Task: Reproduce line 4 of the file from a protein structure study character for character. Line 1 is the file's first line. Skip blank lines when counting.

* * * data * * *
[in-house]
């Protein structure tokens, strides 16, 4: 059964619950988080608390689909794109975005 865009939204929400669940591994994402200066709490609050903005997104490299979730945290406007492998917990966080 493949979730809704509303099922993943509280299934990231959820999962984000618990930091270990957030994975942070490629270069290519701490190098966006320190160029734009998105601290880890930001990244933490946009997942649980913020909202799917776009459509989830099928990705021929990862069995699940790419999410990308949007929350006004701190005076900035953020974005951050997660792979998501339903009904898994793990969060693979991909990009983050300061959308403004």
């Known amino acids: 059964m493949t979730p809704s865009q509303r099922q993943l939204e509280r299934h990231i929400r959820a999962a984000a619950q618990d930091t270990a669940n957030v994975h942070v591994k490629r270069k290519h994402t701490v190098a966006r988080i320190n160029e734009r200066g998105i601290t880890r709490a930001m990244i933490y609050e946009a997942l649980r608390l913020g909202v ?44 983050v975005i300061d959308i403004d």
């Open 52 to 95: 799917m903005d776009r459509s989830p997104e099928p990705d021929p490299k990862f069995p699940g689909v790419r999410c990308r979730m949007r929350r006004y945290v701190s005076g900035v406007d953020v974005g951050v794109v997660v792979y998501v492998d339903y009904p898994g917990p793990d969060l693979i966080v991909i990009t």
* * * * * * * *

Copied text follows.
């Open 52 to 95: 799917m903005d776009r459509s989830p997104e099928p990705d021929p490299k990862f069995p699940g689909v790419r999410c990308r979730m949007r929350r006004y945290v701190s005076g900035v406007d953020v974005g951050v794109v997660v792979y998501v492998d339903y009904p898994g917990p793990d969060l693979i966080v991909i990009t």